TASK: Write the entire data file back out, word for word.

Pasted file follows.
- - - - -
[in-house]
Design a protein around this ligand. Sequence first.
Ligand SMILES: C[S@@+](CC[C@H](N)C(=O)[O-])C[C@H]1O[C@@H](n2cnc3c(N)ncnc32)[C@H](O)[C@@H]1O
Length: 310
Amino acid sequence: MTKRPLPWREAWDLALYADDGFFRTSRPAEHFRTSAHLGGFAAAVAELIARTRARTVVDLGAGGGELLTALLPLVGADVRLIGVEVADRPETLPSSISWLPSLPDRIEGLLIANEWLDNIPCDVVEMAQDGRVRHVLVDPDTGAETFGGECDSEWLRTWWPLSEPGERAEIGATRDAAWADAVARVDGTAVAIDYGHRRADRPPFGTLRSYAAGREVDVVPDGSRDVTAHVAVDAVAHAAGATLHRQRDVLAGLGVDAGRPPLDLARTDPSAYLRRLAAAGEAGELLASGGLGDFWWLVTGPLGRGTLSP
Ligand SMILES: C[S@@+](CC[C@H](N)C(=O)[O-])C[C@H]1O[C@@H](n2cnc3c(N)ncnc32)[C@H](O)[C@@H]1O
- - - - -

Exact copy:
[in-house]
Design a protein around this ligand. Sequence first.
Ligand SMILES: C[S@@+](CC[C@H](N)C(=O)[O-])C[C@H]1O[C@@H](n2cnc3c(N)ncnc32)[C@H](O)[C@@H]1O
Length: 310
Amino acid sequence: MTKRPLPWREAWDLALYADDGFFRTSRPAEHFRTSAHLGGFAAAVAELIARTRARTVVDLGAGGGELLTALLPLVGADVRLIGVEVADRPETLPSSISWLPSLPDRIEGLLIANEWLDNIPCDVVEMAQDGRVRHVLVDPDTGAETFGGECDSEWLRTWWPLSEPGERAEIGATRDAAWADAVARVDGTAVAIDYGHRRADRPPFGTLRSYAAGREVDVVPDGSRDVTAHVAVDAVAHAAGATLHRQRDVLAGLGVDAGRPPLDLARTDPSAYLRRLAAAGEAGELLASGGLGDFWWLVTGPLGRGTLSP
Ligand SMILES: C[S@@+](CC[C@H](N)C(=O)[O-])C[C@H]1O[C@@H](n2cnc3c(N)ncnc32)[C@H](O)[C@@H]1O